Ranking this year's landmark events by significance is a tough challenge, as Thai politics is played at several levels - by geniuses, by fools and by unknowing participants. The actions of each of these players can affect the outcomes, yet they often cancel each other out. Also, developments initially dismissed as insignificant can turn out to be very meaningful in due course, as the "butterfly effect" stirs up political storms.
But the end of the year looms and I'm obliged to do what fellow journalists are doing in newsrooms round the country - remind you of what has happened since January 1, 2015, which has set the stage for 2016. Here's how I see important national developments which make next year very interesting. The ranking is mine alone, so feel free to question it.
10. The red-faced US embassy apology. This year's speculation about America's motives regarding Thailand couldn't have been any wilder. Our kindest critics of US diplomats saw busybodies with one-track minds attempting to impose rigid yet hypocritical ideas about freedom and democracy on the Kingdom. The conspiracy theorists conjured up far more florid scenarios.
Whatever the facts of the case, the embassy did itself no favours by committing an unfortunate gaffe. An invitation for Fourth of July celebrations sent to a prominent critic of Thaksin Shinawatra called him "anti-Thaksin" outright. The description was factually accurate but hardly diplomatic. An apology was quickly proffered, and met with boos and jeers from the growing anti-American brigade here. The issue died down, but it underscored the glaring fact that bilateral relations would never be the same.
9. Much ado about Thaksin's police rank. He said he didn't care about it. His opponents said he didn't deserve it. Anyway, he was stripped off it. And that was that.
8. The return of Suthep. This issue may have deserved a higher ranking, but even Suthep Thaugsuban, who led the largest political rallies Thailand had ever seen just a couple of years back, could not regain the political spotlight. Some say he is working behind the scenes this time, as political developments seem to be flowing towards his ultimate goal - a long delay before an election.
7. A flip-flopping Prayut. The prime minister and coup leader may be a ruthless dictator in the eyes of his critics, but he has shown he's a back-tracker, too. A proposal to scrap Thailand Knowledge Park and other national learning centres was shelved following a major outcry. Earlier, a plan to create a single Internet gateway was apparently aborted because both rights advocates and tech experts objected.
6. Prayut's uneventful UN trip. That it was uneventful was news. A baptism of fire had been forecast for the prime minister in New York, for obvious reasons. There turned out to be no newsworthy protest, and he returned home unscathed while the cameras were distracted by an American anti-junta activist. Instead of confronting Prayut over the lack of freedom, democracy, elections and so forth, the activist demanded to know why the prime minister had stripped Thaksin of his police rank.
5. Refugees, displaced persons and illegal immigrants. Prayut's government failed to treat Rohingyas and Uighurs well and in return was lambasted by human rights activists and opponents of the administration. It's tempting to wonder how an elected government would have handled these unfortunate migrants, but the Prayut regime's path to power led to a politics that exacerbated this human tragedy.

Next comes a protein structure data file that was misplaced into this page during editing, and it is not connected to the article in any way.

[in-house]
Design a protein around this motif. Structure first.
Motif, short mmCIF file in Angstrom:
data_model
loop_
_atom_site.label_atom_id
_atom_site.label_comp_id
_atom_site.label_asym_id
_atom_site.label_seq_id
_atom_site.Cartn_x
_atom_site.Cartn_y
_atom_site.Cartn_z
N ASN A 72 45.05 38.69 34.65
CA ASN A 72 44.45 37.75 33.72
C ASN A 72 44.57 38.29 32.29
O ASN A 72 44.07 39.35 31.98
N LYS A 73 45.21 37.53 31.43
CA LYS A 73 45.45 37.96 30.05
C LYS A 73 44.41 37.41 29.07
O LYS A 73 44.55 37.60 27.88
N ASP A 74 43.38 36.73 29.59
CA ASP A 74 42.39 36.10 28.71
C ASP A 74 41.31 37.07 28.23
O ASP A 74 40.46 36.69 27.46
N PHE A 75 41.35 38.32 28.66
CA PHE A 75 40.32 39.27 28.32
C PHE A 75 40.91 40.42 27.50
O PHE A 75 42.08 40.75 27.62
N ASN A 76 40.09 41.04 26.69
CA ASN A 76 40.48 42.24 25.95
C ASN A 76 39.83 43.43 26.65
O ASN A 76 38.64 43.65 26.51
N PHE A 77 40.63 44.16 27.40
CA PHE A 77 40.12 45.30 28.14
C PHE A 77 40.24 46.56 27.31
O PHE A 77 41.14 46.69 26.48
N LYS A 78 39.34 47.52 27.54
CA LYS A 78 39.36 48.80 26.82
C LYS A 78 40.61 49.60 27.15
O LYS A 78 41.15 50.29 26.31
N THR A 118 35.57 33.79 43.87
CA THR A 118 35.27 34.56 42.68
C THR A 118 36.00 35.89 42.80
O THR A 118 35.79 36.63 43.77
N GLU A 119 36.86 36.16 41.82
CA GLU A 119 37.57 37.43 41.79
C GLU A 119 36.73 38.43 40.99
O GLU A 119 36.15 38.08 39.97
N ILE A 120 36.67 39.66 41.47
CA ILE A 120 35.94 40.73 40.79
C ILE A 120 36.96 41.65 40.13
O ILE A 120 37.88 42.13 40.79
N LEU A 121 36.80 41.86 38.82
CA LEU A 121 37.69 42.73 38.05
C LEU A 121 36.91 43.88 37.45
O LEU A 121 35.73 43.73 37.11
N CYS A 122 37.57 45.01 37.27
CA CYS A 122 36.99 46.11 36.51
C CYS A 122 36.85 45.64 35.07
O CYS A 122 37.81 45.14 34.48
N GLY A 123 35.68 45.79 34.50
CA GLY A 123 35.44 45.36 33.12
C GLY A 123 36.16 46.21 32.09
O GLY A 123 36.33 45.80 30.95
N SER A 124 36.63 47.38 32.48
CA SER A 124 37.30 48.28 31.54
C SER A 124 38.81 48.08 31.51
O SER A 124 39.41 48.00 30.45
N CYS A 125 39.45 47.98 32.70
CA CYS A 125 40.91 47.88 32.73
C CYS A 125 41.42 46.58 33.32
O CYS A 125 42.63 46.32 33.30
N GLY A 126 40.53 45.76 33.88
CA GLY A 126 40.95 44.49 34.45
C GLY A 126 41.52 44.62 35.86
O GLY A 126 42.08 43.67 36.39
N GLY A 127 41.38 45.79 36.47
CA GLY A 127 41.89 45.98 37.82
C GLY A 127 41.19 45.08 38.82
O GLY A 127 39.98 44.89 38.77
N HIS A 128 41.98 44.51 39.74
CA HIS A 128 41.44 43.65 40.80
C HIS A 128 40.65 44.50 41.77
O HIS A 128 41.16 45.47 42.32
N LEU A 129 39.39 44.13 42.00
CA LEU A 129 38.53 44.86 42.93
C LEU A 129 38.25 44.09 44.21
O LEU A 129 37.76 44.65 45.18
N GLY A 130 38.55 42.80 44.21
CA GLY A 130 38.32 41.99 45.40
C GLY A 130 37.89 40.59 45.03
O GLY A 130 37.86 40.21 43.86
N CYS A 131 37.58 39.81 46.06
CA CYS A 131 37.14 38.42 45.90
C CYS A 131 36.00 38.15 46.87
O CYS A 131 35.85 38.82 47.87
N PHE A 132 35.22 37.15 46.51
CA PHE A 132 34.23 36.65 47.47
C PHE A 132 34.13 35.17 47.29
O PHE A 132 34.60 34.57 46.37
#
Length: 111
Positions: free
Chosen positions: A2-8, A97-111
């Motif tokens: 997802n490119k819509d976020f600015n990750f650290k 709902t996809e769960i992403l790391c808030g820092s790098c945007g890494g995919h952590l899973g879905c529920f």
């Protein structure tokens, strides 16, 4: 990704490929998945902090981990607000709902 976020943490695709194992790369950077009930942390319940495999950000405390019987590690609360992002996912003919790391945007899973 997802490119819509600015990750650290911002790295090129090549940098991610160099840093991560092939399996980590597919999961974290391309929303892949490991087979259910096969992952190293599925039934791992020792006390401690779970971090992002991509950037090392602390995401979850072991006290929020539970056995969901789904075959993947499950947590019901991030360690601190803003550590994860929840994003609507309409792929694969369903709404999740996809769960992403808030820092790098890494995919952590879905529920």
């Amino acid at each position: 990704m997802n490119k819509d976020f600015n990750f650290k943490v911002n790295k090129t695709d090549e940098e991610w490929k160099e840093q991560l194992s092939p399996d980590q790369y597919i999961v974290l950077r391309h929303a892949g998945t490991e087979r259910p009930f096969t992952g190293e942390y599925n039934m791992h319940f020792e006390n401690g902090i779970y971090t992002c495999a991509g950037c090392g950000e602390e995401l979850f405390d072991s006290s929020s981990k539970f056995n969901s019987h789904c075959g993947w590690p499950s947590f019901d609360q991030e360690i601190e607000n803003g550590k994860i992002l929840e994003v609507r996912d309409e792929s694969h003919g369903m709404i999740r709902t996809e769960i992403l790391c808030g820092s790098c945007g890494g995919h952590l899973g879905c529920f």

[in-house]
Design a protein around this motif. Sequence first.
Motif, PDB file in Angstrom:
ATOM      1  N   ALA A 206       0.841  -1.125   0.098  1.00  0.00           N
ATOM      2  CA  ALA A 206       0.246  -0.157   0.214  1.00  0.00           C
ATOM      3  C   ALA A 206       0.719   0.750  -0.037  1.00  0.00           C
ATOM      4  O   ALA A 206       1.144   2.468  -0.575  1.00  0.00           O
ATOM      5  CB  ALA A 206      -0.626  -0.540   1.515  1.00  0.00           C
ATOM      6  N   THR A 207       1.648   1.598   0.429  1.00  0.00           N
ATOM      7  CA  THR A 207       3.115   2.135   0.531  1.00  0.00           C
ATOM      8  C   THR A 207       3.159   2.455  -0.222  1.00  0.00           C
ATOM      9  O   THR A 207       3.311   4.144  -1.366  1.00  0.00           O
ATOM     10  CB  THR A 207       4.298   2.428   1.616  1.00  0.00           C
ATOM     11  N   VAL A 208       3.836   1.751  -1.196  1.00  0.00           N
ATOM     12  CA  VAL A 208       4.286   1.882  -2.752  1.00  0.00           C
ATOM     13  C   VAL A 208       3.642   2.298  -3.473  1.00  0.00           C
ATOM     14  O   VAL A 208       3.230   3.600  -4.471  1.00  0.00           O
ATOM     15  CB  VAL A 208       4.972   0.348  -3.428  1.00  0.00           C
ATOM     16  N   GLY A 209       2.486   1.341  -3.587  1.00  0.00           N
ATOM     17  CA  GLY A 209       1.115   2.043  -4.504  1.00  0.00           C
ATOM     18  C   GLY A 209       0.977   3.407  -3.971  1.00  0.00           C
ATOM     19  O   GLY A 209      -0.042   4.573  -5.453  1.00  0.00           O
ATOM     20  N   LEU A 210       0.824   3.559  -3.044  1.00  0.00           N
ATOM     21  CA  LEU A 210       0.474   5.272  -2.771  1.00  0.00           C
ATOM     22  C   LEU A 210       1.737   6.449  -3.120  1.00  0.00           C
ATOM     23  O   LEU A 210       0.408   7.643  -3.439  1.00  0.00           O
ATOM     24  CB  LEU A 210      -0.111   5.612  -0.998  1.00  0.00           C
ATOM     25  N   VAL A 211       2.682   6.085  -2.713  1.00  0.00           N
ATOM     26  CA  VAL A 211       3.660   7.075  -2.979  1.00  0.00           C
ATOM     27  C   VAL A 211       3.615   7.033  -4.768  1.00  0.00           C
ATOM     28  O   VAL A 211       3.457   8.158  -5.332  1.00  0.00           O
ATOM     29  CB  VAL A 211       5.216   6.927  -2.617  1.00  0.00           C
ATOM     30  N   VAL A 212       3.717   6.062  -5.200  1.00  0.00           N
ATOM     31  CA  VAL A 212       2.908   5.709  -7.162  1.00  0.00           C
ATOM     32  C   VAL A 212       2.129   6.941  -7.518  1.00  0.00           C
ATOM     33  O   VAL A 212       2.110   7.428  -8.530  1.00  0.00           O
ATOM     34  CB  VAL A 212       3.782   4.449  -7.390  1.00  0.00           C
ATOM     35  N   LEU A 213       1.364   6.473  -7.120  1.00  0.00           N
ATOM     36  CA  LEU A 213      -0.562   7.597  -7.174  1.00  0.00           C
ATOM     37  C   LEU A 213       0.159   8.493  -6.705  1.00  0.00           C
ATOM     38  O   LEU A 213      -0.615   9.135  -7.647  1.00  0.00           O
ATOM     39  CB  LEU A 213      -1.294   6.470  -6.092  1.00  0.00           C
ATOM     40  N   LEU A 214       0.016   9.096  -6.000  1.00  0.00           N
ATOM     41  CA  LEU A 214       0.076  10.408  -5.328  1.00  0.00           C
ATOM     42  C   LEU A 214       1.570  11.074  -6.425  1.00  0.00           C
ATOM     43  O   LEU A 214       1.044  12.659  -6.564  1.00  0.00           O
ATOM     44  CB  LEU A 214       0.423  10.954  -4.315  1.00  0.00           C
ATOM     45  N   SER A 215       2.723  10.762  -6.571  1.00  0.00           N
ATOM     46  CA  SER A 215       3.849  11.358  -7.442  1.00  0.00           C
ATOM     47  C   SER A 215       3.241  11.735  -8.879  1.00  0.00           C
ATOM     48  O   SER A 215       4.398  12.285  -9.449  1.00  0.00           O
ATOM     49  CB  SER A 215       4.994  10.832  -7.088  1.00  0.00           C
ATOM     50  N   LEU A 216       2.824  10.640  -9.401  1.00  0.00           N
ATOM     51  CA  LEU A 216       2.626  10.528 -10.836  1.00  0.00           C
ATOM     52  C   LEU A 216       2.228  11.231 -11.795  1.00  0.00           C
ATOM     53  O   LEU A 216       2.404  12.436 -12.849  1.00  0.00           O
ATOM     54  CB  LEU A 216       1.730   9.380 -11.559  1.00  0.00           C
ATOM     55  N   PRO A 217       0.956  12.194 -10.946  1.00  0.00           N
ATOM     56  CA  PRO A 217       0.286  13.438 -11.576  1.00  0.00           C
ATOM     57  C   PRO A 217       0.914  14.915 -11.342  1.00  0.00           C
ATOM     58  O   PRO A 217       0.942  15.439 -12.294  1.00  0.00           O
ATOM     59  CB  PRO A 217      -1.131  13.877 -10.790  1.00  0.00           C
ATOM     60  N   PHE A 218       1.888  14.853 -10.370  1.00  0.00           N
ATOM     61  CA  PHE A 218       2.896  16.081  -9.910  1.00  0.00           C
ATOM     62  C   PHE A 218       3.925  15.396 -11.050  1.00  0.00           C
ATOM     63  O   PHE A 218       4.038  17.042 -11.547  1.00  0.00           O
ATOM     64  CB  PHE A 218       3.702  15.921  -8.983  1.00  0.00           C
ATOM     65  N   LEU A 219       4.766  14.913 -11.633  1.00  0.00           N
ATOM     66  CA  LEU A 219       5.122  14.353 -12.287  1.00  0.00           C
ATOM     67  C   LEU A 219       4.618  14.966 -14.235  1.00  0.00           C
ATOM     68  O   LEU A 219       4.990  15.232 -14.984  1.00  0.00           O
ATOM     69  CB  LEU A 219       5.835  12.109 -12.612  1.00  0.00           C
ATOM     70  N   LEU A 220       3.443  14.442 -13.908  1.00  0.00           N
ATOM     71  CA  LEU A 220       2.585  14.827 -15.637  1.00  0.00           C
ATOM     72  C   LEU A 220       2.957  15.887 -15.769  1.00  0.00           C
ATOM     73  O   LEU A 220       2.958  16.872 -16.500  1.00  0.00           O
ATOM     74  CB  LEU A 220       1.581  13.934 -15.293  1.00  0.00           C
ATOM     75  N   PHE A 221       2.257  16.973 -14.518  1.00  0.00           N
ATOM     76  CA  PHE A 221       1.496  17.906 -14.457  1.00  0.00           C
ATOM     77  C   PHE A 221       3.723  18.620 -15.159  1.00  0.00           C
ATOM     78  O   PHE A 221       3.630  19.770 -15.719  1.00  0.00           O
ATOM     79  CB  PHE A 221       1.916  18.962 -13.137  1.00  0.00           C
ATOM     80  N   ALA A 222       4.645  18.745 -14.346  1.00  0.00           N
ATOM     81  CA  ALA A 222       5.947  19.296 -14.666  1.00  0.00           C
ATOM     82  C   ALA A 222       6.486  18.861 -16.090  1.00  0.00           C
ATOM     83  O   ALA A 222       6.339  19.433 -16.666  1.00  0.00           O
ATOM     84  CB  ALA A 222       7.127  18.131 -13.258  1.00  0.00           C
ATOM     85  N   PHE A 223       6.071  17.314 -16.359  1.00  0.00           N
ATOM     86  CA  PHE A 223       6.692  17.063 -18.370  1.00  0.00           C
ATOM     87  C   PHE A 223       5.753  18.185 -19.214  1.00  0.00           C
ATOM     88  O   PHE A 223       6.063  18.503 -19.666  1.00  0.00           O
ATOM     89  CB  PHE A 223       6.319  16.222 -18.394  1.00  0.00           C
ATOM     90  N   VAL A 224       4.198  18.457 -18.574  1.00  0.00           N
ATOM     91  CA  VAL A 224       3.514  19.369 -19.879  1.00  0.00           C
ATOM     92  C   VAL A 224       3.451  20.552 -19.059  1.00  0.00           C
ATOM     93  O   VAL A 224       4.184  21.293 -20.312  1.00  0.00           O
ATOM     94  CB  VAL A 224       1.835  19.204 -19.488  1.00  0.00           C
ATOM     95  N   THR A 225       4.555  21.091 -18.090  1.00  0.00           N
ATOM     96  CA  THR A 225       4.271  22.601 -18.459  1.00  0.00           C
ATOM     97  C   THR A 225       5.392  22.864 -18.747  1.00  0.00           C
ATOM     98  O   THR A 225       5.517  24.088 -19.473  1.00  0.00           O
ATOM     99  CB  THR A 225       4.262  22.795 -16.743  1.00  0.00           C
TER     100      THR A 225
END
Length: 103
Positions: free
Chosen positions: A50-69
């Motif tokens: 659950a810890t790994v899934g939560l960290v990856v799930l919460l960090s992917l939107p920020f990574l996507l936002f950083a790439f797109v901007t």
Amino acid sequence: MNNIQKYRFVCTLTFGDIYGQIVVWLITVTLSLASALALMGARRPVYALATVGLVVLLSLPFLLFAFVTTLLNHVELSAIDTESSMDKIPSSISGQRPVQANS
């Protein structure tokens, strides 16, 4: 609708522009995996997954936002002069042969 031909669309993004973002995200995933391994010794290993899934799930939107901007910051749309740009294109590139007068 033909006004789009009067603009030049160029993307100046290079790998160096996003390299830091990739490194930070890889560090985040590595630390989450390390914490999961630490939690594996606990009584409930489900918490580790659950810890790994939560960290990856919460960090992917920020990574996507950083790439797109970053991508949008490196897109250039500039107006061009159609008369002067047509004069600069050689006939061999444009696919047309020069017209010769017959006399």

4. Deaths in captivity of high-profile lese-majeste suspects. That they occurred while Thailand was in the grip of military rule provoked strong and widespread scepticism, despite the government's insistence that there was nothing suspicious in this "unfortunate coincidence".
3. Yingluck's trial. Next year this could top the ranking. This year, it has been edged by two bigger issues, thanks largely to the fact that the verdict is still pending. Putting Yingluck Shinawatra on trial in a criminal court is a make-or-break political move with huge potential ramifications, not least because she's virtually the last line of defence for her embattled clan. Yaowapa Wongsawat will never command as much affection. Panthongtae Shinawatra wields very little political clout.
2. Military rejection of the charter draft. When military appointees killed the draft Constitution written by other military appointees, we knew we were in for a repeat performance of the drama, with military appointees rewriting and revoting on our national blueprint. The circularity could be vicious: the actions of military appointees in the legislature can impact the length of stay of military appointees in the government.
1. The Erawan Shrine bombing. Nothing was bigger than this unprecedented act of terrorism. Whether we label it a "political" or a "national" event doesn't matter. The incident changed a great many things profoundly. If it was not political, the political reaction - at all levels - was scary. If it was political, it was even scarier. After the fatal blast, Thailand looked at itself in the mirror and saw a stranger.
All right, there you have it, my list of major national news events of 2015. Each will influence the way events unfold next year. One dark horse is not on the list, though. The Rajabhakti Park scandal was a latecomer, but it could pick up pace quickly to become the bete noir that swallows the military government. The prime minister is apparently not paying it serious attention, which is exactly what this kind of scandal needs in order to turn into a political monster.